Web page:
Euro 2017: Dominik Thalhammer talks gradual progress

Austrian coach talks to us about his history-making team.

Euro 2017: Dominik Thalhammer talks gradual progress
Credit: Getty/Dean Mouhtaropoulos

With Austria taking Euro 2017 by storm we spoke to head coach, Dominik Thalhammer about the steady growth of the team and how their successes in the Netherlands are no fluke.

Progression

Having qualified for their first ever major tournament the team has surpassed all expectations to reach the last four but their success hasn’t been overnight.

It was a process throughout the years, we did it step-by-step and we didn’t focus too much on results but on the process to get where we are.

One of the plus points of the work going on in Austria was the advent of the Centre for women’s football (Zentrums für Frauenfußball), but with a booming league in Germany, many of the better-known Austrian footballers have greatly benefited from making the jump to the neighbouring Frauen-Bundesliga,

Of course it has, it was positive but some of our players have been there and developed there but the other part is that some of our players have been to other leagues – like Germany – so some have chosen another way because we’ve only had the centre since 2011.

A key component in the team, Thalhammer has not just worked with the youth teams in Austria as well as working at the centre, the team very much in his model,

I was also the director of the centre for many years but at the centre the development of the individual player is the focus. But here we are here at A. National team level which means that we have to play what the team is able to which is what we’ve done so far at the Euros.

Credit: Getty/Dean Mouhtaropoulos
Credit: Getty/Dean Mouhtaropoulos

Work to be done at home

Despite the successes of the team at the Euros, the team is split down the middle, half playing in Germany and the other half in Austria, those still at home unable to boast the same strengths as their counterparts,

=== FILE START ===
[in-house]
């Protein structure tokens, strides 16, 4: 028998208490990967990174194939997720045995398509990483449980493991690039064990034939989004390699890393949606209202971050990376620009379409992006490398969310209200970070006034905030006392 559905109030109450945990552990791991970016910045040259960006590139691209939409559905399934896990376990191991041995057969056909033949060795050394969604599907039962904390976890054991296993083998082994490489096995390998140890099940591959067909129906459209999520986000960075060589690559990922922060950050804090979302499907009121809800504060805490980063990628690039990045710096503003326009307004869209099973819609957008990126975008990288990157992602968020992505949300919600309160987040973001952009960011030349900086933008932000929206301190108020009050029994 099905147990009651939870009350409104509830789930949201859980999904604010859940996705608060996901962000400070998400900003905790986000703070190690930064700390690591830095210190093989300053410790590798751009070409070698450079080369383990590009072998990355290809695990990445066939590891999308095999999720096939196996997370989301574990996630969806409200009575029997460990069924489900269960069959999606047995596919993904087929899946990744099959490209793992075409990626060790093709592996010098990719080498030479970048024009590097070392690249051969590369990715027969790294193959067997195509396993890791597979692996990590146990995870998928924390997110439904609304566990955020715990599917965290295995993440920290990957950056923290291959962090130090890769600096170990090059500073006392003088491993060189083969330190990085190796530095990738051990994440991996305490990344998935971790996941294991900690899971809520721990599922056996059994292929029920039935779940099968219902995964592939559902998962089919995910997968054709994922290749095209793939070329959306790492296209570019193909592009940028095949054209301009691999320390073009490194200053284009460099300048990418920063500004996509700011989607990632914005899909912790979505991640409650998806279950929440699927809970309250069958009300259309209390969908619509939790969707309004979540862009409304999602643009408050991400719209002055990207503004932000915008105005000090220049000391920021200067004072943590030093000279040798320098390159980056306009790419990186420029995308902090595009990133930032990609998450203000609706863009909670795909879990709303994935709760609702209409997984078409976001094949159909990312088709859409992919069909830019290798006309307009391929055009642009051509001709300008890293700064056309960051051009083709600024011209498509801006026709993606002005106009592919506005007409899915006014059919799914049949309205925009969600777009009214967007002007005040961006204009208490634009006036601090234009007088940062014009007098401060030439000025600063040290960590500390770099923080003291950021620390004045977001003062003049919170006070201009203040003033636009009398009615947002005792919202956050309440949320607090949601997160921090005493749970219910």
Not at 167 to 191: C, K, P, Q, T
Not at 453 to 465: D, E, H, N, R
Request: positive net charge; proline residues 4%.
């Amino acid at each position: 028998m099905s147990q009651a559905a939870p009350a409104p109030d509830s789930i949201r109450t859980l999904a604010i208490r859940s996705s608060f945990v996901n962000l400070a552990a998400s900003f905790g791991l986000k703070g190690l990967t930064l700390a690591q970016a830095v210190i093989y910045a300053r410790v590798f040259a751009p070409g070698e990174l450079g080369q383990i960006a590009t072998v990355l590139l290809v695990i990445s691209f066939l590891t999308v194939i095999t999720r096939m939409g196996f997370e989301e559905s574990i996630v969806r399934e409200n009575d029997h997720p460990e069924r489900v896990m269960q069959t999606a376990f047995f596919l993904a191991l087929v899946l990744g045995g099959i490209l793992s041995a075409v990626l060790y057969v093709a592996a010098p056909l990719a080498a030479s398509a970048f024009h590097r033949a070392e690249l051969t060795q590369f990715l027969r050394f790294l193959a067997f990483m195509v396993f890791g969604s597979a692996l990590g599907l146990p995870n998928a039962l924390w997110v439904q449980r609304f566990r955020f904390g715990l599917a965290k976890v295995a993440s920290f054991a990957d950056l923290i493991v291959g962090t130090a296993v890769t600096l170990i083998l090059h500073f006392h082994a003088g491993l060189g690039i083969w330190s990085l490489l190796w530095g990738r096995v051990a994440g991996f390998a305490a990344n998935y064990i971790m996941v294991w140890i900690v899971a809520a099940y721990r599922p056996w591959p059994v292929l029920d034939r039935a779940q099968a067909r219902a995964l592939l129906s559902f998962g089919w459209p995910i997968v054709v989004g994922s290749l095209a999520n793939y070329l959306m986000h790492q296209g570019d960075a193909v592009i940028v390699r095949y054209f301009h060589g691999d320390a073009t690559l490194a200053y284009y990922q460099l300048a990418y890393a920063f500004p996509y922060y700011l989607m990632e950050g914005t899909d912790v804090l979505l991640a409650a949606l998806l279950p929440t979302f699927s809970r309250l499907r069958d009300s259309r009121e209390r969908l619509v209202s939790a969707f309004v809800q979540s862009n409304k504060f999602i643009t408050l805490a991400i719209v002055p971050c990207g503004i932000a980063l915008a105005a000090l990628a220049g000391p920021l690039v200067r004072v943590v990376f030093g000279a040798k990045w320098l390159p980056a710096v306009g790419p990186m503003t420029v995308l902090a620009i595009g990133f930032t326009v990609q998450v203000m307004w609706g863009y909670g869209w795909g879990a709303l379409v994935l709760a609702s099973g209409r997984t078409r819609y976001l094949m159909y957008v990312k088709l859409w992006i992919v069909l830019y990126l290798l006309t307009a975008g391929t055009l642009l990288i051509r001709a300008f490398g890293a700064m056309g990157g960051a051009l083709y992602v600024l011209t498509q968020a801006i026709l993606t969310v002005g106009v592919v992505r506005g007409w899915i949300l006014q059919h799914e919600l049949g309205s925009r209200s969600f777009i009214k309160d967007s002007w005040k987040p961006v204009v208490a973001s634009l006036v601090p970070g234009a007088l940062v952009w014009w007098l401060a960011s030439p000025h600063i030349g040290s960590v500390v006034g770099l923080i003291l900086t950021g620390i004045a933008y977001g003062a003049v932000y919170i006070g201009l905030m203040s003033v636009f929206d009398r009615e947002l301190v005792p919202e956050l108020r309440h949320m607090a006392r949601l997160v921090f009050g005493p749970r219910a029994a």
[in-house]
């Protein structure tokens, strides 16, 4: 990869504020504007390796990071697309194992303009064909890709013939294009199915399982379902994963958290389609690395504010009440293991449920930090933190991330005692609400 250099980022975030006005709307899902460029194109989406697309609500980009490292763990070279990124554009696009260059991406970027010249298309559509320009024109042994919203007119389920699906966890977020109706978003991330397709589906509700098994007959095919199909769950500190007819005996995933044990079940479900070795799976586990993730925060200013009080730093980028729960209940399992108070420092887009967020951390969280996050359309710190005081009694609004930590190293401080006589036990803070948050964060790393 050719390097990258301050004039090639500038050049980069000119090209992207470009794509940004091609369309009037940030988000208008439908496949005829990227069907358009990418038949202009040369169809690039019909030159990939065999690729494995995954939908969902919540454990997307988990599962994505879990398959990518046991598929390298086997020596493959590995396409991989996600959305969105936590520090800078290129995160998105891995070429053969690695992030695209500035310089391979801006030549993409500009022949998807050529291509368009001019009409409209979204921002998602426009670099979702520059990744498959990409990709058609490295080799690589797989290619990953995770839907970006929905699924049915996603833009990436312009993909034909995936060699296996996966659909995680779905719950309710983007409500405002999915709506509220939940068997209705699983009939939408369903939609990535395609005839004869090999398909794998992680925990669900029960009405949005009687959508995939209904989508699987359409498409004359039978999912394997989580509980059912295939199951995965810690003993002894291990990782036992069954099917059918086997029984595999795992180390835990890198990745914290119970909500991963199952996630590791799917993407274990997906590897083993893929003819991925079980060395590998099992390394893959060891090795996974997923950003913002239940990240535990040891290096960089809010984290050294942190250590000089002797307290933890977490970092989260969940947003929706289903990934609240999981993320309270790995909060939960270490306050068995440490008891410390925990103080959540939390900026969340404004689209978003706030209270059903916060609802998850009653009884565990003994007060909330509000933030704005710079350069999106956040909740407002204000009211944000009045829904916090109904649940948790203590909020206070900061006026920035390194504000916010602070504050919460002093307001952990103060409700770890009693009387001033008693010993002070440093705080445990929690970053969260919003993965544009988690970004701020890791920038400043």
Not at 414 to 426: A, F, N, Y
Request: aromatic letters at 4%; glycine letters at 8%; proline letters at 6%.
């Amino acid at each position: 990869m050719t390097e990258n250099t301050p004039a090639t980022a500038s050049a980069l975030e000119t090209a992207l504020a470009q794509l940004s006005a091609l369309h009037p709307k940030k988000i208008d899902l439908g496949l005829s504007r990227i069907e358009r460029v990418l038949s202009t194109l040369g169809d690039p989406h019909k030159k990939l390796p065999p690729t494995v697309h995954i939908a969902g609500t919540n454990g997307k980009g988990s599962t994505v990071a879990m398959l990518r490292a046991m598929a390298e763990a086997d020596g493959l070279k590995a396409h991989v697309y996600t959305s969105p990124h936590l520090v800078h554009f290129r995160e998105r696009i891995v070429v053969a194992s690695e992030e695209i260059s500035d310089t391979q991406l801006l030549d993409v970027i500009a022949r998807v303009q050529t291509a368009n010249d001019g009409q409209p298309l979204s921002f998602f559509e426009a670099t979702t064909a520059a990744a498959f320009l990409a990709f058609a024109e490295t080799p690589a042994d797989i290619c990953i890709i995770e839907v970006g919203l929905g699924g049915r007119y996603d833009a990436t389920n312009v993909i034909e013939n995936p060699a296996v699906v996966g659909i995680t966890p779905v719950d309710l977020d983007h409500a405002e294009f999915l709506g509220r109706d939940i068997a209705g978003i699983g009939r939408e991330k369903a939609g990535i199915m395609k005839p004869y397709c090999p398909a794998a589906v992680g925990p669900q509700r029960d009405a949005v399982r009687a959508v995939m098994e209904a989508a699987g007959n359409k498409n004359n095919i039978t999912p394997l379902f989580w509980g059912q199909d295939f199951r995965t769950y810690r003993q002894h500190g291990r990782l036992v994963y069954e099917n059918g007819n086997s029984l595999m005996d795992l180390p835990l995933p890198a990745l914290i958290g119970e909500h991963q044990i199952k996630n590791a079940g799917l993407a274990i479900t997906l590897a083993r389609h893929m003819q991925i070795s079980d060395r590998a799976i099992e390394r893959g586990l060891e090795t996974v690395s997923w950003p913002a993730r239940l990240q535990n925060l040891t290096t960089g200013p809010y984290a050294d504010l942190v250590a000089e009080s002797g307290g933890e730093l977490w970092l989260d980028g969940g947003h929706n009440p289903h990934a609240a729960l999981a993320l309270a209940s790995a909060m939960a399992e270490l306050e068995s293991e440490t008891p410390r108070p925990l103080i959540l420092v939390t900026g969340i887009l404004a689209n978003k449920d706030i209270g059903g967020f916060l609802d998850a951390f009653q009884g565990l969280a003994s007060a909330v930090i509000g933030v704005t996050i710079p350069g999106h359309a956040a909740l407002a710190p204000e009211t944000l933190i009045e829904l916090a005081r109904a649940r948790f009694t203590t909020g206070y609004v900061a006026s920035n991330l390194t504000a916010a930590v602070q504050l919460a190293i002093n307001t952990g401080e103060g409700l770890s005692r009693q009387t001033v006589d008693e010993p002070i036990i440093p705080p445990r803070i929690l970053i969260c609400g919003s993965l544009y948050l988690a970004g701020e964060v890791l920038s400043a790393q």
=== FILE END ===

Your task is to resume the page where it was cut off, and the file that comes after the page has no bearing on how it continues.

“The level of Austrian domestic league isn’t very high so we have some work to do here to improve the league but the players in Germany are forced to do their best every day (every match) because every opponent is strong.

Surprising many with their attacking play, flexibility and the understanding of when to attack and when to drop deep, Austria and Thalhammer have been on an upward learning curve, calling upon their experiences to play to their strengths,

During the qualification we learned that we can’t be successful with just one style of play so we implemented various systems so we could be more flexible, we took a high risk because sometimes we press high and sometimes we fall back in defence. If you look at the England game it was a trial for us but what we’re playing here is a high risk but it’s paid off.

Universally written-off before the tournament started, even the team had their expectations low, but not just having made it out of a tricky group with favourites France but topping the group and reachig the last four, the sky’s the limit for Austria,

Of course, it’s a great achievement, the goal when we came here was to get one draw, to get one point, then we thought maybe we can get a win but now we’re in the last four and that’s amazing. And the fact that that there was never really an underdog that go so far in a major women’s tournament… we’re the first to do so and that’s what makes us so proud.”

Women's Football